Page last updated at 13:17 GMT, Tuesday, 25 November 2008

Top Asian officer settles claim

Tarique Ghaffur
Tarique Ghaffur has been a police officer for 34 years

Britain's most senior Asian police officer has settled a planned legal action against the Metropolitan Police, Scotland Yard has confirmed.

Assistant Commissioner Tarique Ghaffur had reportedly complained of being undermined by Scotland Yard colleagues.

He has withdrawn claims that Met Commissioner Sir Ian Blair acted in a racist or other discriminatory way towards him.

The Met was not prepared to say how much had been paid to Mr Ghaffur.

The senior officer has signed a gagging clause and will step down from his role at the Metropolitan Police on Thursday.

'Recognise the hurt'

A statement confirming the settlement was issued on Tuesday on behalf of Mr Ghaffur, Sir Ian Blair, Deputy Assistant Commissioner Richard Bryan, the Met Police and the Met Police Authority (MPA).

It read: "The MPA has paid a sum of money in settlement of Assistant Commissioner Ghaffur's claims including contractual obligations and a contribution to his legal costs.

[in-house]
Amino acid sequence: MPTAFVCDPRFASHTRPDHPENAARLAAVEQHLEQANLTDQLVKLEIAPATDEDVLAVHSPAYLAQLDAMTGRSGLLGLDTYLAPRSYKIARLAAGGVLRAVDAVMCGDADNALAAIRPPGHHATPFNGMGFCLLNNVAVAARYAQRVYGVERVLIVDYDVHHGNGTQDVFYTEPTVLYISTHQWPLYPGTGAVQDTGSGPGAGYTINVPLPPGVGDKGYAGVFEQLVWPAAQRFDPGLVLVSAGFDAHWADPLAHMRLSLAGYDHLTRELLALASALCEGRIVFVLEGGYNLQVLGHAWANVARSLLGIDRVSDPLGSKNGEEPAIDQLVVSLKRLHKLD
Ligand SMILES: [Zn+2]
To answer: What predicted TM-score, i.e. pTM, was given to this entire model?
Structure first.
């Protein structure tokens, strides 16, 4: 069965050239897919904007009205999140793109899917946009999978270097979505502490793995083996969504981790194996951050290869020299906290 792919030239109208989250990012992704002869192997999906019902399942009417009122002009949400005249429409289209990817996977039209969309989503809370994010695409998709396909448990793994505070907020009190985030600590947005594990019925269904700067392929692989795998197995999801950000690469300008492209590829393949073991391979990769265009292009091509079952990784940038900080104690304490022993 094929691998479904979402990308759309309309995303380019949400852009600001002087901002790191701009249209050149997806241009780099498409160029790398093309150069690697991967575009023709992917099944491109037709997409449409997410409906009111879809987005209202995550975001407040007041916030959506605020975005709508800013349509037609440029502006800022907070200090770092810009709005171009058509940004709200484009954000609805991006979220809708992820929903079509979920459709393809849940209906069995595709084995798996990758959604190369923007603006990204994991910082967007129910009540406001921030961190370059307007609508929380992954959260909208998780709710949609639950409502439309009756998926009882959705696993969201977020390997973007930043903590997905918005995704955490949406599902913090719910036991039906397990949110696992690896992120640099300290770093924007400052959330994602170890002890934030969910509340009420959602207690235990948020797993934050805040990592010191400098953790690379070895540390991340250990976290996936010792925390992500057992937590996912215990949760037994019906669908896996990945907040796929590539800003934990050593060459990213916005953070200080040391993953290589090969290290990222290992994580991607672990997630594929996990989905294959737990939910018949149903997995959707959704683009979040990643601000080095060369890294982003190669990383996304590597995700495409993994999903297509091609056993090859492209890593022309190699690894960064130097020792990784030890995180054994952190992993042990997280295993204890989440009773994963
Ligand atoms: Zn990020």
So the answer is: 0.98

"Assistant Commissioner Ghaffur has withdrawn the proceedings and his claims that Sir Ian Blair and Deputy Assistant Commissioner Bryan acted in a racist or other discriminatory way towards him.

"The MPA and the commissioner wish to acknowledge the important service of Assistant Commissioner Ghaffur in the Met and his significant contribution to operational policing nationally during his 34-year career.

"They recognise the hurt he has felt over the past 18 months."

'Love and admire'

Mr Ghaffur was effectively suspended in September after publicly announcing he was suing his employer for racial discrimination.

In a press conference he claimed he was sidelined, discriminated against and humiliated in his role as boss of security planning for the 2012 Olympics.

He said: "I'm not seeking massive monetary benefits and I do not have grievances against the whole of the Met, an organisation that I dearly love and admire."

The allegations sparked the race row within the Met leading to a boycott of ethnic minority recruitment by the Metropolitan Black Police Association.

In the following weeks, Home Secretary Jacqui Smith announced an assessment of how ethnic minority officers are treated in police forces throughout England and Wales.

London Mayor Boris Johnson also launched an inquiry into alleged racism within the Metropolitan Police.

Mr Ghaffur began his career as a Pc with Greater Manchester Police (GMP) in Salford in 1974, two years after his family had been forced to flee his birthplace of Uganda by the dictator Idi Amin.

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